Battle of Britain Hall
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The Heinkel He111 provided the Luftwaffe with a fast, manoeuvrable medium bomber which it used as a spearhead for the Blitzkrieg tactics so successfully employed during the early campaigns of World War Two. The He111's defensive shortcomings were harshly demonstrated in 1940 and 1941, but the Germans had little alternative than to continue production of an ageing and inadequate aircraft.
Designed in 1934, the Heinkel He111 first appeared as a high speed civil airliner/transport. The first bomber deliveries were made in 1936 and a number were sent to Spain the following year. By providing support for the Spanish Nationalist forces the Germans could test their new equipment and tactics under operational conditions.
In 1940 the variants in use by the Luftwaffe were the He111H and the He111P which introduced the all-glazed asymmetrical nose. In daylight attacks the He111 proved vulnerable to fighter attack, being too slow to take effective avoiding action and too poorly armed to defend itself.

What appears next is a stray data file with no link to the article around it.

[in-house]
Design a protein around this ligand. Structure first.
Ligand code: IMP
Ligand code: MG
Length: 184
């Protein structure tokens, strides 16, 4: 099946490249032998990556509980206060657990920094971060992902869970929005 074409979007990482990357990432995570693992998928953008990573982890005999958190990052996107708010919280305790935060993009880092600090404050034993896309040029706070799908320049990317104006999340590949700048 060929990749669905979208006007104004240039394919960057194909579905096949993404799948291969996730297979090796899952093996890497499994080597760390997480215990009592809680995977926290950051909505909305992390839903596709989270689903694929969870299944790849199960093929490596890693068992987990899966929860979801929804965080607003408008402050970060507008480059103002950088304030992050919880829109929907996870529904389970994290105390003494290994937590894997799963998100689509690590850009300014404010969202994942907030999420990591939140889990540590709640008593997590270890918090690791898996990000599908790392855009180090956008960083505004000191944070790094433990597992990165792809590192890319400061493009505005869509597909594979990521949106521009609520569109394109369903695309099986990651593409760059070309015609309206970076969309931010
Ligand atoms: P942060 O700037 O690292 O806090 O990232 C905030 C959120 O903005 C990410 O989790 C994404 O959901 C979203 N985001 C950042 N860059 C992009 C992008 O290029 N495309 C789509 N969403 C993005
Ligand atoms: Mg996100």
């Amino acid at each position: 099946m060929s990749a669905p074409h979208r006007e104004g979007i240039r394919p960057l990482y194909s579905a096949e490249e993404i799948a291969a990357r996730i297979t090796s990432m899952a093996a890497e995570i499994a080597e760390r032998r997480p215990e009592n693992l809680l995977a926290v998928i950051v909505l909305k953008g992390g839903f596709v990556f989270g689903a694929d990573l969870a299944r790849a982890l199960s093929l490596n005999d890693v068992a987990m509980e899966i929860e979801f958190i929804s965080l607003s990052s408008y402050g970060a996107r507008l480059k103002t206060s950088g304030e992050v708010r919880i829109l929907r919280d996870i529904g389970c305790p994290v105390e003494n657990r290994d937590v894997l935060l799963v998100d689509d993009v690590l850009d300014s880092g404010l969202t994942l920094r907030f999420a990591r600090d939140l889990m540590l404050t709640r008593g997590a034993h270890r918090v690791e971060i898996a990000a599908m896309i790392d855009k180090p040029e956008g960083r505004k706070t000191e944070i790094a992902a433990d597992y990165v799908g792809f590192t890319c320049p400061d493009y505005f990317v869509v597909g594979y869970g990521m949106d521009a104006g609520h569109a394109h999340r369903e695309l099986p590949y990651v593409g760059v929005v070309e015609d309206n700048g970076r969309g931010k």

He111 formations suffered such heavy losses that by mid September it was obvious to the Luftwaffe that a change of tactics must be introduced, so from the 16 September the Heinkel bomber was largely confined to night attacks against Great Britain.
The RAF Centenary 2018 Transformation Programme
The RAF Museum, London, is starting a programme of capital transformation to mark the RAF’s Centenary in 2018.
From 3 October 2016 the Battle of Britain and Sunderland Halls will be closed.
All our other galleries remain open for a great day out.
For information on our aircraft conservation survey and Battle of Britain aircraft redisplay plans please click here.
To keep up to date on the Museum’s RAF Centenary 2018 Transformation Programme please click here and sign up to our Centenary e-newsletter through the link at the bottom of the page.